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AutoSense fails on boot for 3COM 3C595-T4 under OS/2 WSeB
- The Problem:
- I had a Warp Server for E-Business (aka: WSeB, Aurora) installation with a 3COM 3C595-T4 PCI NIC adapter installed for TCP/IP communications. The card would almost consistantly fail to AutoSense the connection from warm or cold boot, and would not initialize the network connection correctly. This would leave the network connection down every time the system was restarted for any reason.
- My Solution:
- Part 1
- I perfomed a careful review of the system configuration (both hardware and software). I used the 3C59XCFG.EXE utility to physically lock the NIC adapter to it's settings rather than allow them to be autodetected. I also modified the PROTOCOL.INI entry for the adapter to insure that every possible setting for the card had a value supplied on boot.
- Unfortunately, this didn't resolve the problem.
- In fact, my only method of achieving a 100% connection rate for the card was to:
- 1) physically unplug the NIC from the LAN before the server posted it's BIOS on boot
- 2) then ONLY after I viewed that the driver for the card had loaded from the CONFIG.SYS
- 3) next plug the LAN cable back into the NIC.
- This would consistantly bring the computer back-up on-line but only at a 10MB connection.
- This was not an acceptable solution.
- Part 2
- I spent a good amount of time searching, only to find that apparently a number of Linux users were having this same problem with this card. Unfortunately, nobody seemed to have an answer as to either why it was happening, or how to go about fixing it other than to assign it to the maintainer of the driver.
- After verifing that every other component was working correctly (contacts cleaned, etc...). I decided I would swap out the NIC to see if it was a hardware defect. Fortunately, I also had a 3C595-TX which under OS/2 WSeB is driver level compatable.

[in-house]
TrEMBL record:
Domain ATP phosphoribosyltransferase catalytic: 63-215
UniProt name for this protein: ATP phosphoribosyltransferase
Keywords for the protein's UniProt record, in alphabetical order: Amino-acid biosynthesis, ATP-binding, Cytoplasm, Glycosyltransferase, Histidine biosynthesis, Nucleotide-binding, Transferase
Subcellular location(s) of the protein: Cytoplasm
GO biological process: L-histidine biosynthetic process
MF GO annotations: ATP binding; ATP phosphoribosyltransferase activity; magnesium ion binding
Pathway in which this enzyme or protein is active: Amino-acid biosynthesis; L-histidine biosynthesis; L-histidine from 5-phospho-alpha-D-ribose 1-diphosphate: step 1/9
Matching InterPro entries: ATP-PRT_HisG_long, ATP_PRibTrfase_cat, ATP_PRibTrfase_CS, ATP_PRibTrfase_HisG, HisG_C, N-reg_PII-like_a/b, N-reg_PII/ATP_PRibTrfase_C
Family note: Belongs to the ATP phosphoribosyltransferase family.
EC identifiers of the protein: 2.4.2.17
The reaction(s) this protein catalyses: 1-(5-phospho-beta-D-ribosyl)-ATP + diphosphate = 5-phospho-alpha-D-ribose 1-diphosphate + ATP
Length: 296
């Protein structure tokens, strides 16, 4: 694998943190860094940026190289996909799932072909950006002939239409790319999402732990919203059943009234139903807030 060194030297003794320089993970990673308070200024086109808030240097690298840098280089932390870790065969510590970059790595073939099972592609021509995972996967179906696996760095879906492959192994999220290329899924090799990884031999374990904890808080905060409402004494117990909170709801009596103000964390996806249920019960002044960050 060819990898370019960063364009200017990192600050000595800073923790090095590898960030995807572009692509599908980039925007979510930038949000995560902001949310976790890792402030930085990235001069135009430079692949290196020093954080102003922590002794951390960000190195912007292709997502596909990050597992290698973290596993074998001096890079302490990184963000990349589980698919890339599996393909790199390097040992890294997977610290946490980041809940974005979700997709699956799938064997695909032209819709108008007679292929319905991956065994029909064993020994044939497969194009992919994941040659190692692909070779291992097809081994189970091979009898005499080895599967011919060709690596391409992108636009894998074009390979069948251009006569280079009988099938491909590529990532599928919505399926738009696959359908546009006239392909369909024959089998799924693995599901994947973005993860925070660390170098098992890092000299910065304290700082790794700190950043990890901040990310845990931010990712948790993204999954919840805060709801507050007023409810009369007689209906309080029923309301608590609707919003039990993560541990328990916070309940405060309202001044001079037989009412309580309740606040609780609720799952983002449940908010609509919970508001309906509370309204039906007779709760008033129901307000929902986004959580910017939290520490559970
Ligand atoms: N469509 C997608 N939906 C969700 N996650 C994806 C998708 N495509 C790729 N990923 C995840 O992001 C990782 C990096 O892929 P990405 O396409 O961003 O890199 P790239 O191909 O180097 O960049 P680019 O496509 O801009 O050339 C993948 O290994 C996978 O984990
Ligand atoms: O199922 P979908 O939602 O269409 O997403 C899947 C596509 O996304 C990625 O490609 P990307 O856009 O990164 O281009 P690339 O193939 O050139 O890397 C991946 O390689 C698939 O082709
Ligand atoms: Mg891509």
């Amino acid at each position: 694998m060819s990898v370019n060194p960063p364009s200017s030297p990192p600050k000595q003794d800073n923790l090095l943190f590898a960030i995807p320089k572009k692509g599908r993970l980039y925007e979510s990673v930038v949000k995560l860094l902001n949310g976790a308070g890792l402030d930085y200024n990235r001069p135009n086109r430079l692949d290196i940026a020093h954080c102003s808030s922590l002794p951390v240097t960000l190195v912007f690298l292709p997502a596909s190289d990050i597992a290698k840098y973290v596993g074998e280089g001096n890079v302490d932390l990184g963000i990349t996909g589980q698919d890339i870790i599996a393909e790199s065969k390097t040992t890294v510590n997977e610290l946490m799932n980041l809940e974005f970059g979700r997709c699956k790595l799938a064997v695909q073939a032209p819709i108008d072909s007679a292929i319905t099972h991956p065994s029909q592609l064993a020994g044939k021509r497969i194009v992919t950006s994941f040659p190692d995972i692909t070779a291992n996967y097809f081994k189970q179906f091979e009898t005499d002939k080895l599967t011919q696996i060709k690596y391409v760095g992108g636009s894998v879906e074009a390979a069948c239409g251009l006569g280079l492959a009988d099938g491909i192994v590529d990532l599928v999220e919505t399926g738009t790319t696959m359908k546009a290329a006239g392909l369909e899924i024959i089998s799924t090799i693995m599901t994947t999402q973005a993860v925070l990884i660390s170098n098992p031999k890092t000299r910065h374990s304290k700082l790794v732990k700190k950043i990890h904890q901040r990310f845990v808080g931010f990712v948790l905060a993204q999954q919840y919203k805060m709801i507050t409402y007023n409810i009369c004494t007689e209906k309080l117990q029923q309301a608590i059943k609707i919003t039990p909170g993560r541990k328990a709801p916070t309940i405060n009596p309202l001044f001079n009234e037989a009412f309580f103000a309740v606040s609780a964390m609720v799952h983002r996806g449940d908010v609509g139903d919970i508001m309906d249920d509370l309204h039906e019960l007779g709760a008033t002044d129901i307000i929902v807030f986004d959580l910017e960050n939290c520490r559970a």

- I swapped out the cards, verified the settings under the 3C59XCFG.EXE utility, and booted the server. This time the network connection came on promptly as expected with no need to mess with the cable or anything else. The system 100% consistantly boots with the network active now using the 3C595-TX PCI NIC adapter.
My conclusions are that this problem may very well be at the driver level. The card works fine in the Windows systems I have tested it under. There apparently is some form of initialization from the system that is not taking place on boot. I would have to say at this time that the 3C595-T4 is an unacceptable NIC adapter for use under OS/2, and that if you are looking for a 10/100MBs 3C595 card you should stick with the TX model. As for use under Linux, I will have to suggest you look elsewhere for updated information.
After a good amount of research, it appears that the problem in part has to do specifically with the "T4" qualities of this network card. Apparently the T4 and TX 100MB protocols are incompatible. For more information about the differences between these two architectures, please refer to this document: "100Bast-T4 and 100Base-TX Fast Ethernet solution for UTP cabling". In short, the T4 architecture uses 4 pair cable (eight wires) instead of the standard 2 pair to achieve 100MB connectivity. If it detects an 8 wire cable on initialization, it attempts to connect 100MB T4 and if there are no other T4 devices on the network, it fails deciding there is no available network without stepping down to do a 4 wire detect for 10MB. Why it detects 10MB after I unplug the wire from the card (and only from the card, not the switch) and plug it back in still baffles me. I do suspect though that if I had one of the 3COM "SuperStack II" hubs, I would be able to get this T4 to run 100MB on my LAN based on the information in the linked PDF. If I come up with any more news I will add it here.